The environmental impact of a £15m, 4000m2, three-storey Centre in the heart of the Surrey green belt, within a Grade II listed park, is being controlled by optimisation of natural resources.
Working on the design & build project for contractor Blenheim House Construction (BHC),
Gilberts Blackpool has produced a natural ventilation strategy to a bespoke design, to ensure the architecturally-dramatic new Activity Centre at St George’s School Weybridge will be appropriately aired, irrespective of occupancy and activity levels within, and with minimal impact on its external surroundings.
“The project was a challenge that we were confident Gilberts could meet,” explained BHC project surveyor Joe Anderson. “The site geography provided challenges: the building has been sunk into the surrounding landscape to give level approaches at ground and second floor- there’s a height difference of at least 8m- which impacts on airflow around the building.
“Gilberts also had to deal with the ventilation’s ability to cope with occupancy and activity differences ranging from a whole-school assembly of 1000 or more pupils and staff, through to part of a class using the climbing wall or cricket nets. It had to balance human occupancy and activity alongside the potential heat gain as a result of large areas of the building featuring floor to ceiling glazed sections.
“Beyond the technicalities, the ventilation had to reflect the high aesthetic standards of the project.”
With its in-house design and manufacturing capability, Gilberts was able to engineer a tailor-made rooftop ventilation terminal (penthouse) design to deliver the required air flow and a weathertight fit onto and through the omni-directional curves of the roof. In total, 16 PHH75 roof terminals, each 1900mm x 100mm x 14mm, with boost fans in those over the main sports hall area, have been fitted to the Glulam beam and CLT panel roof. Almost all of the penthouses provide natural ventilation into the sports hall below; those over the lower areas of the roof feature additional fan assistance to ensure adequate delivery of fresh air in their more sheltered location.
On the four vertical facades, 30 x Mistrale Façade WHC75 high performance ventilation louvres in a deep channel frame have been integrated into the rainscreen cladding to provide ventilation to the café, viewing platform, fitness suites, studio, toilets and changing rooms. Louvres up to 5570mm x 800mm were produced to create an aesthetic solution.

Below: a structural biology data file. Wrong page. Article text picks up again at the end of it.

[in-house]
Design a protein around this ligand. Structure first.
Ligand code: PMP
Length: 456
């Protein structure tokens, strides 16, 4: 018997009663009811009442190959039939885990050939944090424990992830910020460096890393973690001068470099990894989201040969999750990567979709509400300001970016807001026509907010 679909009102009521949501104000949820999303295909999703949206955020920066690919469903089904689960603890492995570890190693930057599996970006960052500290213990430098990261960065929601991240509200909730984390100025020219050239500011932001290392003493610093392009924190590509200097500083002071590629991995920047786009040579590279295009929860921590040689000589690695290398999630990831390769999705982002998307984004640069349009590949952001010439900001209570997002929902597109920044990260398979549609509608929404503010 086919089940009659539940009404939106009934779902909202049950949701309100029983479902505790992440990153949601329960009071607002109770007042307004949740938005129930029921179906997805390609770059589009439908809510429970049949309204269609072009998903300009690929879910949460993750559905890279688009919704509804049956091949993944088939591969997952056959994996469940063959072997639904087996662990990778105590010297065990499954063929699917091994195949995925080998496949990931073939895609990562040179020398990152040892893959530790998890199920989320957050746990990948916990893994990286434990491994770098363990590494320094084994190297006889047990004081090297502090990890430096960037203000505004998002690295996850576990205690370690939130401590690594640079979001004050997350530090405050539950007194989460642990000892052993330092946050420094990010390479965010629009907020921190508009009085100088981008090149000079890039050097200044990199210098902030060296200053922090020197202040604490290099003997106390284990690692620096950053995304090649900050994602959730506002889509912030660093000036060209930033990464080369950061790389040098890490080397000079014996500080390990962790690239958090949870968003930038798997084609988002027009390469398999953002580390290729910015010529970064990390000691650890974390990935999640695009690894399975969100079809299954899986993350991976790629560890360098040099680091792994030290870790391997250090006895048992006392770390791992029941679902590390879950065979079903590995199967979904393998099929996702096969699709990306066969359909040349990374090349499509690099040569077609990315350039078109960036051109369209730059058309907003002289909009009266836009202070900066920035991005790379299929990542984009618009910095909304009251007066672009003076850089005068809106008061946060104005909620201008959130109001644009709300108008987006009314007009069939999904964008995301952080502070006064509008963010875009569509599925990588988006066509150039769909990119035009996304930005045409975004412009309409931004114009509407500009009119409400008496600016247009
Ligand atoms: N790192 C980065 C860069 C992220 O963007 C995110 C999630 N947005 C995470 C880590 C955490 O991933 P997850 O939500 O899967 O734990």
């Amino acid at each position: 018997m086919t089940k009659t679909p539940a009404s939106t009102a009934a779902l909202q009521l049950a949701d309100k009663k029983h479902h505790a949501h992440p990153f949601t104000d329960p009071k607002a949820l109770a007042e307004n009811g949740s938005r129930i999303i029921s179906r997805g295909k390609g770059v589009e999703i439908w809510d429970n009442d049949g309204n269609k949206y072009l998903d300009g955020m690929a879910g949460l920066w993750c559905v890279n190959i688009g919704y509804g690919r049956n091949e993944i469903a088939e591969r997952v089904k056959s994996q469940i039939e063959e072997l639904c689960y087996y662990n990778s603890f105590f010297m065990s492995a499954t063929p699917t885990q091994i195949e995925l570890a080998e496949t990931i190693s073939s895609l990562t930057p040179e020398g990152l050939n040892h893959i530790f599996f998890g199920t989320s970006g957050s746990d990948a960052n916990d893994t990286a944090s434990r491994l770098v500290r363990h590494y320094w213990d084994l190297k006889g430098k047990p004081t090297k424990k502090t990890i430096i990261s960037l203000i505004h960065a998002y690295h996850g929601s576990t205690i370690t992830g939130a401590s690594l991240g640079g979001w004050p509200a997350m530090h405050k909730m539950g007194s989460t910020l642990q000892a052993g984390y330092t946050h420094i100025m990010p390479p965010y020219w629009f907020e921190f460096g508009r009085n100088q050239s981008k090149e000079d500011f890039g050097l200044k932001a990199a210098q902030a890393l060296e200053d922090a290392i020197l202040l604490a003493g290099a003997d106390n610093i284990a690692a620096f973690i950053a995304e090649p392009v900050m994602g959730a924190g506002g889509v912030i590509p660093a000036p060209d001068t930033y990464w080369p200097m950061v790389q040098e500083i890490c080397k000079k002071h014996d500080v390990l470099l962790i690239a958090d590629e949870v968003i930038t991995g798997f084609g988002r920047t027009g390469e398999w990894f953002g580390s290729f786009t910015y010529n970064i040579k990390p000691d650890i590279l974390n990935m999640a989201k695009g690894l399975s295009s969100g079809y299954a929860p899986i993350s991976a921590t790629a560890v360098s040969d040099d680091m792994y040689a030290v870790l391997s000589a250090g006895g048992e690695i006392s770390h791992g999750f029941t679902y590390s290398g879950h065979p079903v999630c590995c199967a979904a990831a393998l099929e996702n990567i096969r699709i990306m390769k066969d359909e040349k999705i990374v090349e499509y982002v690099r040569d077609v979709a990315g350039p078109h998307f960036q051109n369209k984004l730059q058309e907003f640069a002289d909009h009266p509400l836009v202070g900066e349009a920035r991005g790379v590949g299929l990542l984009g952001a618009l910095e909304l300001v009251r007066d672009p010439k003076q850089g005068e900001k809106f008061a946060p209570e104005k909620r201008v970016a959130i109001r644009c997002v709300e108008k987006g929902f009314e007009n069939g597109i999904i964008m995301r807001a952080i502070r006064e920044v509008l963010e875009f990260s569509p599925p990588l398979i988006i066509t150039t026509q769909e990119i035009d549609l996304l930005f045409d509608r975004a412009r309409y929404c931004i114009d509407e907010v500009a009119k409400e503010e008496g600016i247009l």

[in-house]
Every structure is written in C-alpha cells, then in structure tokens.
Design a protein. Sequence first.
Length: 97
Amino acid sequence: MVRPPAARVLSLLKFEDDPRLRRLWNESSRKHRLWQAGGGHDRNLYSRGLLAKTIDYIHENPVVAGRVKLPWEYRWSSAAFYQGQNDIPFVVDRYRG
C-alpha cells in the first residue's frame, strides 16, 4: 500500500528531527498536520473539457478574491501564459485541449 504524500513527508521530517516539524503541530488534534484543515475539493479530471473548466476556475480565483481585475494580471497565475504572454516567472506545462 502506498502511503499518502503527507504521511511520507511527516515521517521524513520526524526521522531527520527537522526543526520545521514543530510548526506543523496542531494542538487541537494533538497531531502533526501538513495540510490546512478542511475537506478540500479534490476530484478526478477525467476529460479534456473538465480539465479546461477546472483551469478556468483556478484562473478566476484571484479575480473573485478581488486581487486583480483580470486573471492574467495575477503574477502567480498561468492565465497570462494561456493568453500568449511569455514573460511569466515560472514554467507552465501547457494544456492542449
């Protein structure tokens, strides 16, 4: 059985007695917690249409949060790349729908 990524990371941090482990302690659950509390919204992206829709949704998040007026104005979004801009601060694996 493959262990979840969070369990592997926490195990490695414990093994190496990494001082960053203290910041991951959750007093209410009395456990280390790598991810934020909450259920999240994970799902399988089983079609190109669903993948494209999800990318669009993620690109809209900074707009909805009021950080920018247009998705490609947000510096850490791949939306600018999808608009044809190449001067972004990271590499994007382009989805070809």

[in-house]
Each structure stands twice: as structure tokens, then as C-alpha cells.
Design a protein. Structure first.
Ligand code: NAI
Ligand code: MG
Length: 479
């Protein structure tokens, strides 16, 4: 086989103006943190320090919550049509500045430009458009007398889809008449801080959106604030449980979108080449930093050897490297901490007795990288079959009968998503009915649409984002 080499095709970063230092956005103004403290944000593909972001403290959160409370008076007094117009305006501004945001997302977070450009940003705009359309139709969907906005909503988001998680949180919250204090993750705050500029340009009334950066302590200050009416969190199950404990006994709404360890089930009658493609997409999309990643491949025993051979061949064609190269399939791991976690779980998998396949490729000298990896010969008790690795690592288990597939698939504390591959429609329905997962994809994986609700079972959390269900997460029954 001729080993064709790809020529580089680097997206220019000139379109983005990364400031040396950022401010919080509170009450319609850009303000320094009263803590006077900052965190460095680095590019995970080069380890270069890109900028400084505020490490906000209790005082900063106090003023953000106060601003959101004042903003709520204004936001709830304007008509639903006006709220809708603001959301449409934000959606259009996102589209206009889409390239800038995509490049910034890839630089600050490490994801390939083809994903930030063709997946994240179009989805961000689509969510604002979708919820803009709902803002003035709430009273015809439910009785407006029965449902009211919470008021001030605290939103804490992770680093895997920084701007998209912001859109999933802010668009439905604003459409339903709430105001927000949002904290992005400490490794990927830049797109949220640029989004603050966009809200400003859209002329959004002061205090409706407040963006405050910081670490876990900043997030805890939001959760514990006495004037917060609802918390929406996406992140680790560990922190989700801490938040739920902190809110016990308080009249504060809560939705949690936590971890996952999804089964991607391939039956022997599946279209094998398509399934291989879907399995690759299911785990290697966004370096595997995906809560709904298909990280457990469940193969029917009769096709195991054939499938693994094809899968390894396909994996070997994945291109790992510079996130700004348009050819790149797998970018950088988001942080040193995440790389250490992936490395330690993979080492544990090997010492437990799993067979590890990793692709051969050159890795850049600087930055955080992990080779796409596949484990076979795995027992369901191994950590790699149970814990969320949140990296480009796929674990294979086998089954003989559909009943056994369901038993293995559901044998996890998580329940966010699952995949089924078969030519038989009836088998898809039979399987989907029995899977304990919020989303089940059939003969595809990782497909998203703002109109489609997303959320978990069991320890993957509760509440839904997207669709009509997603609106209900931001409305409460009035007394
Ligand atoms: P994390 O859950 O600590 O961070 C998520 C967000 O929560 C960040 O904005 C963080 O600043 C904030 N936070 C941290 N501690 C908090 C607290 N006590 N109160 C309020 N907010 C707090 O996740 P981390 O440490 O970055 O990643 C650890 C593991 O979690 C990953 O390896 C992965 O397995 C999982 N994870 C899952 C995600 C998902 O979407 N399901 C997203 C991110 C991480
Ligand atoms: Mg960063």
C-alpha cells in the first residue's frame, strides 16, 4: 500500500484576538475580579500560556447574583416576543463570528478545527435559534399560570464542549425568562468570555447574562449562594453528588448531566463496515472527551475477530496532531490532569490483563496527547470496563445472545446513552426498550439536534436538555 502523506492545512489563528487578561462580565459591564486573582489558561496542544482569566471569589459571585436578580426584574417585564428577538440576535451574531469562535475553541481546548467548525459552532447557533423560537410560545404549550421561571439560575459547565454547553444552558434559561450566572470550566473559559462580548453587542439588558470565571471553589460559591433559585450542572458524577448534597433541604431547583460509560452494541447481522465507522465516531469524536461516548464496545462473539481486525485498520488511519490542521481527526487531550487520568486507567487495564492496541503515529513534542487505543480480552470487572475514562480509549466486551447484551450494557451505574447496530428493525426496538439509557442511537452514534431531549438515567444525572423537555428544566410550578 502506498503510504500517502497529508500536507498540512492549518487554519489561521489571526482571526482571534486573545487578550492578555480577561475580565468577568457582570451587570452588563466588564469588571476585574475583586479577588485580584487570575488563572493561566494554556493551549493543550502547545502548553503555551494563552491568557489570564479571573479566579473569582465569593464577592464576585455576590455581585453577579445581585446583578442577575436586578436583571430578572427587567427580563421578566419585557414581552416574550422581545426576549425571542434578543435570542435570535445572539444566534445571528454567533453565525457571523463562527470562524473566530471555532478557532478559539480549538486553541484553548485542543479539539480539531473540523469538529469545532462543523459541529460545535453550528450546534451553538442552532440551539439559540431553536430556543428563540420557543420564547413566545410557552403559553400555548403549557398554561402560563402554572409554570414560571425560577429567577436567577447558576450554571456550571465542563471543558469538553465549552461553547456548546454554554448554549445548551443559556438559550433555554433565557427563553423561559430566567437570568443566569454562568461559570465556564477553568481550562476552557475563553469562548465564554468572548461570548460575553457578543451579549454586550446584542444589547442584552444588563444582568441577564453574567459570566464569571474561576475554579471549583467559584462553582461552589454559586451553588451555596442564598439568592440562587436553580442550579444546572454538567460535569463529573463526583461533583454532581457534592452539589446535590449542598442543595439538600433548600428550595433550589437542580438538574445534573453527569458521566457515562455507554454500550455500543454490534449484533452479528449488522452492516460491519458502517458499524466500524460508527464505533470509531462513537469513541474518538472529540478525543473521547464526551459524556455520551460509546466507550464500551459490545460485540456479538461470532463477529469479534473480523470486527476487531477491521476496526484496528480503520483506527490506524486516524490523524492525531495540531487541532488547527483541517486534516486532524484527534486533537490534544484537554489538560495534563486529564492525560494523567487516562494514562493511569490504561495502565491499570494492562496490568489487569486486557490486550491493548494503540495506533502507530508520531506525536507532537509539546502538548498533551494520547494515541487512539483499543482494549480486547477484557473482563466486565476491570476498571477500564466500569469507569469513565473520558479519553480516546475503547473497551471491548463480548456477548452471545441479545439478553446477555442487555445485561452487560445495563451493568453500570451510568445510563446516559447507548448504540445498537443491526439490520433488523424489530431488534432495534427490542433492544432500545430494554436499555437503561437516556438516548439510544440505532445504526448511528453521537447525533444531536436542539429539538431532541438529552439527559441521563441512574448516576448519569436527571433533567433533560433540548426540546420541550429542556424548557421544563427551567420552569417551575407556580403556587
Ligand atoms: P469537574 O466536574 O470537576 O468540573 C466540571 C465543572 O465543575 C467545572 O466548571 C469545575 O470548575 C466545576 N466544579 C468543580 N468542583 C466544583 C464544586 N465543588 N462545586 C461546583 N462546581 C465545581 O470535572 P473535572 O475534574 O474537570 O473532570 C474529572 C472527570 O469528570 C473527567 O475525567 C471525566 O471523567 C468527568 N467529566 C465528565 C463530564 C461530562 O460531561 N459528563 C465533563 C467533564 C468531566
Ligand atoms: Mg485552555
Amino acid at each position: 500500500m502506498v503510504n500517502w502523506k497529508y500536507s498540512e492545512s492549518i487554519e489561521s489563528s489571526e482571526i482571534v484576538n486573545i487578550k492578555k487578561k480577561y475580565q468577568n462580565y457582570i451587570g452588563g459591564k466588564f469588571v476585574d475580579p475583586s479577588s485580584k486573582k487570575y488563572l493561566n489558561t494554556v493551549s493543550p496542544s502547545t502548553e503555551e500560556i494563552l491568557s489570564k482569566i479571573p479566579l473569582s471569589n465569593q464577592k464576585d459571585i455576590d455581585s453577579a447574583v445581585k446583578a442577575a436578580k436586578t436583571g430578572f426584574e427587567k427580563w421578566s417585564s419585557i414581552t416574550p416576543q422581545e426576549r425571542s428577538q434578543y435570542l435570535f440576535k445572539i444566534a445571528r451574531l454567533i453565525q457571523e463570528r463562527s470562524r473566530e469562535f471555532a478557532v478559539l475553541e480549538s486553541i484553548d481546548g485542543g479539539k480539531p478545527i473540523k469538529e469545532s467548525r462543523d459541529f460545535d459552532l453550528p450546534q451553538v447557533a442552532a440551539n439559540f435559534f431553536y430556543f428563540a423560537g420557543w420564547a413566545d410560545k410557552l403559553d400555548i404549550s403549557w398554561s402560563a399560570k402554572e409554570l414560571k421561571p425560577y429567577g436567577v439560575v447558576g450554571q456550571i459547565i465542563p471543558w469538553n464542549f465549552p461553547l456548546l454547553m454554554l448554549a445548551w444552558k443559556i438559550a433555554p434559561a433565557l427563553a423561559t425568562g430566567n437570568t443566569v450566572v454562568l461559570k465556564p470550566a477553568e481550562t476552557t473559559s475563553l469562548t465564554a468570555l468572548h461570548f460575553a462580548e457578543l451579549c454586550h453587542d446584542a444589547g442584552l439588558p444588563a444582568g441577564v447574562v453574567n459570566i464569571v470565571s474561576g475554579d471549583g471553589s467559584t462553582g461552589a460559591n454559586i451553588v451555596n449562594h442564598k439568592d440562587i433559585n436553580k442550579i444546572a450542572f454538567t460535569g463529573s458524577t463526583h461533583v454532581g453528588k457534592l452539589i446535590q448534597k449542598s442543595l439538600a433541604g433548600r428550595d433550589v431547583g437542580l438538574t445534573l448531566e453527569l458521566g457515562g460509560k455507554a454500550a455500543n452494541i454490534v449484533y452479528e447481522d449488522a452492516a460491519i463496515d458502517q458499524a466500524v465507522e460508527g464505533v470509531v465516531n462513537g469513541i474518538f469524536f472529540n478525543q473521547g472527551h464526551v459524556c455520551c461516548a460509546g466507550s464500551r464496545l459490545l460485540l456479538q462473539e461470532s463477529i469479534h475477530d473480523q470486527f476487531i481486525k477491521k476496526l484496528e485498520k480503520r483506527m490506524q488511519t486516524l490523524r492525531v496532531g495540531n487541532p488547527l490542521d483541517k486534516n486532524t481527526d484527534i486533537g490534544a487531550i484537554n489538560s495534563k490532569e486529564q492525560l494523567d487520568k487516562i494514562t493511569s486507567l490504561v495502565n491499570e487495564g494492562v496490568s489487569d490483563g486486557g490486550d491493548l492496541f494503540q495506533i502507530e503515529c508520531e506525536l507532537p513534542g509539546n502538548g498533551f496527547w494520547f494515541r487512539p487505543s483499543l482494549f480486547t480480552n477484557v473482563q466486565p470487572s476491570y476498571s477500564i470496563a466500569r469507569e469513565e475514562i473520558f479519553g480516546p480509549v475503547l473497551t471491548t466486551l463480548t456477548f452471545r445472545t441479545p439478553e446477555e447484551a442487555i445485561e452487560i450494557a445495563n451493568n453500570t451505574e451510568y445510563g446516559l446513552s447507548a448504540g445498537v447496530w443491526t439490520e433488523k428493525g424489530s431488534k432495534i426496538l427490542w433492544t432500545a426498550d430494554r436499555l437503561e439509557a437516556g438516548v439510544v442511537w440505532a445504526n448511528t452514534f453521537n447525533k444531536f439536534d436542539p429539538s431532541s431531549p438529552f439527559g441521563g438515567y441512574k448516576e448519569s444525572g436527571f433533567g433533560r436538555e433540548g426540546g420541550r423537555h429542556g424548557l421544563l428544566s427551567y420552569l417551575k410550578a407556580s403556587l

A further 12no louvres providing air for the sports hall also include LTHW heating coils, to reduce temperature differentials between fresh, incoming air and the existing internal atmosphere, and deliver appropriate quantities of fresh air across the 30m clear spans within the main hall.
A further 2no WHC75 provide screening and ventilation to the rooftop plant, and 2no louvre double doors ventilate the switch room and plant room.
“St George’s Activity Centre has been just the sort of challenge that inspires the team at Gilberts,” observed Contracts Manager Stefan Bamber. “It empowers us all to work together to develop a solution that meets stringent demands in terms of performance and quality, that will work now, and for the lifetime of the building.”
Gilberts is acknowledged as the UK’s leading independent air movement specialist; at its 95,000 sq ft head office facility, it designs, manufactures and supplies a comprehensive range of components designed to deliver efficient air movement strategies in commercial environments, from internal grilles and diffusers to roof penthouses. Products are predominantly manufactured in-house, to the extent it even designs and manufactures its own jigs and tools. The internal design capability, combined with in house test laboratory, 3D modelling and Computational Fluid Dynamic (CFD) software puts Gilberts in a unique position to develop from scratch, test, validate, supply and install bespoke solutions to meet specific requirements.
Family-owned Gilberts has a heritage spanning almost 60 years, and a team recognised as expert within its respective fields.